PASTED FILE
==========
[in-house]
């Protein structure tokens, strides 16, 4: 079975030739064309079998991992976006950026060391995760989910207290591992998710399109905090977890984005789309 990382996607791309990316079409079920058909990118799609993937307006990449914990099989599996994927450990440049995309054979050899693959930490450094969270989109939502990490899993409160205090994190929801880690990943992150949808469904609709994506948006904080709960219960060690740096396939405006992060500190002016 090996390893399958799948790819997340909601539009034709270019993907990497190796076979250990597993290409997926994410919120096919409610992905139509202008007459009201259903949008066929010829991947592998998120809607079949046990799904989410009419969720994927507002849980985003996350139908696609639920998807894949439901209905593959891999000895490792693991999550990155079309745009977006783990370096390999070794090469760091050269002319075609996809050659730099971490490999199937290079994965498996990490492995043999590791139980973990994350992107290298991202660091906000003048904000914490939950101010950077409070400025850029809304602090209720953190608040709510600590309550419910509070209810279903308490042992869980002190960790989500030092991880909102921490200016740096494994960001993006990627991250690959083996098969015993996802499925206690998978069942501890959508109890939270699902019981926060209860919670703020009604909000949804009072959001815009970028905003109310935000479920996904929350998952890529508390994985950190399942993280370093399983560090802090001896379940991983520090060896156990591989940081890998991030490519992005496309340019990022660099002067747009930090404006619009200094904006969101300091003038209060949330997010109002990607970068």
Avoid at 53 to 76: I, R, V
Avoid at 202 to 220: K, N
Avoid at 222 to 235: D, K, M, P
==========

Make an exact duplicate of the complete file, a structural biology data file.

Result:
[in-house]
């Protein structure tokens, strides 16, 4: 079975030739064309079998991992976006950026060391995760989910207290591992998710399109905090977890984005789309 990382996607791309990316079409079920058909990118799609993937307006990449914990099989599996994927450990440049995309054979050899693959930490450094969270989109939502990490899993409160205090994190929801880690990943992150949808469904609709994506948006904080709960219960060690740096396939405006992060500190002016 090996390893399958799948790819997340909601539009034709270019993907990497190796076979250990597993290409997926994410919120096919409610992905139509202008007459009201259903949008066929010829991947592998998120809607079949046990799904989410009419969720994927507002849980985003996350139908696609639920998807894949439901209905593959891999000895490792693991999550990155079309745009977006783990370096390999070794090469760091050269002319075609996809050659730099971490490999199937290079994965498996990490492995043999590791139980973990994350992107290298991202660091906000003048904000914490939950101010950077409070400025850029809304602090209720953190608040709510600590309550419910509070209810279903308490042992869980002190960790989500030092991880909102921490200016740096494994960001993006990627991250690959083996098969015993996802499925206690998978069942501890959508109890939270699902019981926060209860919670703020009604909000949804009072959001815009970028905003109310935000479920996904929350998952890529508390994985950190399942993280370093399983560090802090001896379940991983520090060896156990591989940081890998991030490519992005496309340019990022660099002067747009930090404006619009200094904006969101300091003038209060949330997010109002990607970068």
Avoid at 53 to 76: I, R, V
Avoid at 202 to 220: K, N
Avoid at 222 to 235: D, K, M, P